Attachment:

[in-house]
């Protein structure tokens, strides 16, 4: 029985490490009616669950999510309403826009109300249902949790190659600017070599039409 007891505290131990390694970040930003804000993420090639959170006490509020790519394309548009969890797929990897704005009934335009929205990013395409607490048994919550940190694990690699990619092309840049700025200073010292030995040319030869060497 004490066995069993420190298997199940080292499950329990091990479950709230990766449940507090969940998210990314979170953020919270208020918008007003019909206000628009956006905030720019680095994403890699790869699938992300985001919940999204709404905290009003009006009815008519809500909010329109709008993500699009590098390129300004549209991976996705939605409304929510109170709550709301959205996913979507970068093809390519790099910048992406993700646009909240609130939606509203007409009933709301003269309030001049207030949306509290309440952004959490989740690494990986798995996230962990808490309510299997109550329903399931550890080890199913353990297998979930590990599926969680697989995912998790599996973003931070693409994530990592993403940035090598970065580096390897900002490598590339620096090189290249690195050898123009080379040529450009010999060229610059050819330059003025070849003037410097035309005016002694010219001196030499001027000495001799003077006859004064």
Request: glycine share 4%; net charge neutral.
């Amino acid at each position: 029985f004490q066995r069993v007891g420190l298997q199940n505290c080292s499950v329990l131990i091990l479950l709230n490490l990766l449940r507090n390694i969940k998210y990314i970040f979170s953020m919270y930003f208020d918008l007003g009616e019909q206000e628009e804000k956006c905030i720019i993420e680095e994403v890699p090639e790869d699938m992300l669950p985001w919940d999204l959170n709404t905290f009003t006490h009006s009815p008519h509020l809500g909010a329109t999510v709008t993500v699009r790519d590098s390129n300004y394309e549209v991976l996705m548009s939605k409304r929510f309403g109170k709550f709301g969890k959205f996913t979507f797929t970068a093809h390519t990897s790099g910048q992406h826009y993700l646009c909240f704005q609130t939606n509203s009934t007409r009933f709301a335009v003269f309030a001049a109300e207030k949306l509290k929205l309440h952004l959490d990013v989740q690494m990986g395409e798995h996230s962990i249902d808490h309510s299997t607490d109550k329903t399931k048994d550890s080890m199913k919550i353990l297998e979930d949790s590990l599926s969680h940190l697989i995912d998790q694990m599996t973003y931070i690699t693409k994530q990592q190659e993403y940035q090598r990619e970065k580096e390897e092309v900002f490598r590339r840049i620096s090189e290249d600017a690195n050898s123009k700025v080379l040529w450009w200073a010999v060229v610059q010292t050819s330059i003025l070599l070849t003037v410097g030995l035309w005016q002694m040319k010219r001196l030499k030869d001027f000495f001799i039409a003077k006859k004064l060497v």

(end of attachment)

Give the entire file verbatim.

[in-house]
């Protein structure tokens, strides 16, 4: 029985490490009616669950999510309403826009109300249902949790190659600017070599039409 007891505290131990390694970040930003804000993420090639959170006490509020790519394309548009969890797929990897704005009934335009929205990013395409607490048994919550940190694990690699990619092309840049700025200073010292030995040319030869060497 004490066995069993420190298997199940080292499950329990091990479950709230990766449940507090969940998210990314979170953020919270208020918008007003019909206000628009956006905030720019680095994403890699790869699938992300985001919940999204709404905290009003009006009815008519809500909010329109709008993500699009590098390129300004549209991976996705939605409304929510109170709550709301959205996913979507970068093809390519790099910048992406993700646009909240609130939606509203007409009933709301003269309030001049207030949306509290309440952004959490989740690494990986798995996230962990808490309510299997109550329903399931550890080890199913353990297998979930590990599926969680697989995912998790599996973003931070693409994530990592993403940035090598970065580096390897900002490598590339620096090189290249690195050898123009080379040529450009010999060229610059050819330059003025070849003037410097035309005016002694010219001196030499001027000495001799003077006859004064």
Request: glycine share 4%; net charge neutral.
């Amino acid at each position: 029985f004490q066995r069993v007891g420190l298997q199940n505290c080292s499950v329990l131990i091990l479950l709230n490490l990766l449940r507090n390694i969940k998210y990314i970040f979170s953020m919270y930003f208020d918008l007003g009616e019909q206000e628009e804000k956006c905030i720019i993420e680095e994403v890699p090639e790869d699938m992300l669950p985001w919940d999204l959170n709404t905290f009003t006490h009006s009815p008519h509020l809500g909010a329109t999510v709008t993500v699009r790519d590098s390129n300004y394309e549209v991976l996705m548009s939605k409304r929510f309403g109170k709550f709301g969890k959205f996913t979507f797929t970068a093809h390519t990897s790099g910048q992406h826009y993700l646009c909240f704005q609130t939606n509203s009934t007409r009933f709301a335009v003269f309030a001049a109300e207030k949306l509290k929205l309440h952004l959490d990013v989740q690494m990986g395409e798995h996230s962990i249902d808490h309510s299997t607490d109550k329903t399931k048994d550890s080890m199913k919550i353990l297998e979930d949790s590990l599926s969680h940190l697989i995912d998790q694990m599996t973003y931070i690699t693409k994530q990592q190659e993403y940035q090598r990619e970065k580096e390897e092309v900002f490598r590339r840049i620096s090189e290249d600017a690195n050898s123009k700025v080379l040529w450009w200073a010999v060229v610059q010292t050819s330059i003025l070599l070849t003037v410097g030995l035309w005016q002694m040319k010219r001196l030499k030869d001027f000495f001799i039409a003077k006859k004064l060497v």